Column by Jesse Mathewson.
It is well known that commonly accepted history is not always what actually happened, so much as what has been propagated the most. There is, however, a level of comfort afforded those who may be mistaken regarding our past; after all, what is repeated most often becomes reality. The Wild West gained its colorful reputation through the propagation of dime store novels and poor Hollywood representations. The formation of the legendary Wild West show in 1883 by Buffalo Bill Hickok and others helped to spread the myths long before television.
These shows, books and finally the movies demonized the Injuns and glorified the rough and tumble of the outlaw’s lifestyle. Instead of showing millions of people the truth, which would have never sold a book or a ticket, they showed the highlights. What was glorified and eventually memorialized via film by stalwarts like Jimmy Stewart and John Wayne were the negatives. The Wild West became a place where every day at noon there was a shootout, facing your opponent and gunning him down was accepted as long as you had a badge, the Earps were happening and the Indians were crazy savages that always lost to the cowboys.
I grew up believing this; I lived and breathed the cowboy versus Indian meme. I built six-guns and lever action repeaters from old pieces of two by four. My brothers and I shot and killed each other more times than I care to count, and finally we found Daisy BB guns and our fathers’ welding goggles. Now death had pain involved, the agony of BBs at 300 fps and the welts raised generated little questioning as we were men at a young age, and men didn’t complain about war wounds. I was 13 when I found my first previous encampment from a U.S. Calvary bivouac. I remember seeing a piece of leather and metal sticking out of the ground and so I returned with a shovel. After three weeks of digging, I had everything from old copper spoons to buttons with US Calvary on them and laudanum bottles. After dusting it off, and polishing the metal pieces, I placed it all in a horizontal box and entered in the local fair. One first place ribbon later, and several moves as I got older left me with nothing of that collection but memories.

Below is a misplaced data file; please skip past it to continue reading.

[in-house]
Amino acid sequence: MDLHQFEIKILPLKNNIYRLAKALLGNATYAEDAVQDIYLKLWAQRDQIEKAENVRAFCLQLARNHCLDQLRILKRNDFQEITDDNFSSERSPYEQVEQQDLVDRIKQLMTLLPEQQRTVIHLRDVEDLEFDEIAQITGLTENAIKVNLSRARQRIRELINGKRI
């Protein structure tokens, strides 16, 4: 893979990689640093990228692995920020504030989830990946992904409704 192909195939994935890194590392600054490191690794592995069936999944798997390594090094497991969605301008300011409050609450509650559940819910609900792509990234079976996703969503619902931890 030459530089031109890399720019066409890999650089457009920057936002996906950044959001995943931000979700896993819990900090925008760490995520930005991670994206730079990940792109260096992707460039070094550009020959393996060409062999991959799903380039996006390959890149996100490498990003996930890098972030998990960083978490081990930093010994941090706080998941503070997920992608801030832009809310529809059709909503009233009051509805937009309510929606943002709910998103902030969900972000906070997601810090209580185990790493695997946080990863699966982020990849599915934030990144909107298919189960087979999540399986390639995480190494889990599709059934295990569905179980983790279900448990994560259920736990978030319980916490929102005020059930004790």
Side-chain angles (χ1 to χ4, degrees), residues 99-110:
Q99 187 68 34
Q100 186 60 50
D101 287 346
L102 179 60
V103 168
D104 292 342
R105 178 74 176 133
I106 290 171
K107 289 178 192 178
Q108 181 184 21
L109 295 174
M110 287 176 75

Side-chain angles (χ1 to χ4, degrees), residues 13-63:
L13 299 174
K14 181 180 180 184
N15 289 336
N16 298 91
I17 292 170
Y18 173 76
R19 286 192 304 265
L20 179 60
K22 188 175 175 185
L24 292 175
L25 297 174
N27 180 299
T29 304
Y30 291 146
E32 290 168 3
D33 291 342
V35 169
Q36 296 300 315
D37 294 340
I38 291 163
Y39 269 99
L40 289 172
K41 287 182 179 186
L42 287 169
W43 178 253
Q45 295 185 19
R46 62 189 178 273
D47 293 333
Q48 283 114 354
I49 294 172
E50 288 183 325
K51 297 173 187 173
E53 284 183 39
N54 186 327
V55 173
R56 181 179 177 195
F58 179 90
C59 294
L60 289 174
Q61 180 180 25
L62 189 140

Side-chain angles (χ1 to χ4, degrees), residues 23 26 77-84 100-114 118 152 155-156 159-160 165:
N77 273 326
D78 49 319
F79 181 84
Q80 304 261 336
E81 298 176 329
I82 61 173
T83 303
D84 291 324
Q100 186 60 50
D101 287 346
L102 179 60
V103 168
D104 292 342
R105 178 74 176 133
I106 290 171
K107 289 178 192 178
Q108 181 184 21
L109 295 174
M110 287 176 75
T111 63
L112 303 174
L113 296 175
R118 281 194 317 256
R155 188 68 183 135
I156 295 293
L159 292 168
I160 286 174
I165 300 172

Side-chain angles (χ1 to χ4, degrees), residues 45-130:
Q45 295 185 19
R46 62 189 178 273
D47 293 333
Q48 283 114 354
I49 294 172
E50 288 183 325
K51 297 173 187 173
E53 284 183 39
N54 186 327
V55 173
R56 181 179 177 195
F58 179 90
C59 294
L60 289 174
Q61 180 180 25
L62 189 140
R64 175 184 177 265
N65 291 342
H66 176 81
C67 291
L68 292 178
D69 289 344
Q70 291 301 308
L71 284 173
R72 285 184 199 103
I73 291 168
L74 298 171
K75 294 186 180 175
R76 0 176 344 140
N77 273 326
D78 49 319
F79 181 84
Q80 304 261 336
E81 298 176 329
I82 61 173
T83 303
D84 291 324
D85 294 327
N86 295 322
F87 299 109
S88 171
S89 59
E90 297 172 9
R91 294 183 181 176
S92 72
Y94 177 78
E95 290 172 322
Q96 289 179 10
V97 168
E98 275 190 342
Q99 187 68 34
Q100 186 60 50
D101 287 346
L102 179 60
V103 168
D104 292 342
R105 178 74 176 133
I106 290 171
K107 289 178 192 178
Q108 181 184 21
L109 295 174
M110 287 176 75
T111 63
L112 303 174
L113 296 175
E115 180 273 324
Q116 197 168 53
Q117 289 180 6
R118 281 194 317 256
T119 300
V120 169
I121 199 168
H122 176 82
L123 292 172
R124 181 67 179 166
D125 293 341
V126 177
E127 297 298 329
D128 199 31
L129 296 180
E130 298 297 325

What was the Wild West, outside of the tourist traps we see now and the stupid reenactments by second-rate actors? Was it actually endless gunfights and hangings, or was it more than this? The truth is often over shadowed by that which allows us the most flexibility in discussions and interpretation.
In their ground breaking book, The Not So Wild, Wild West: Property Rights in the Frontier, authors Terry Lee Anderson and Peter Jensen Hill go back through their grandfathers’ experiences in the Wild West from Montana to Wyoming. They negate the common myth of the daily gunfight and the outlaws ruling everyone. They define a story of hard work, hard choices and the resulting success of two immigrant businessmen, one who did not even speak English, making their fortunes during the roughest, toughest era of American history.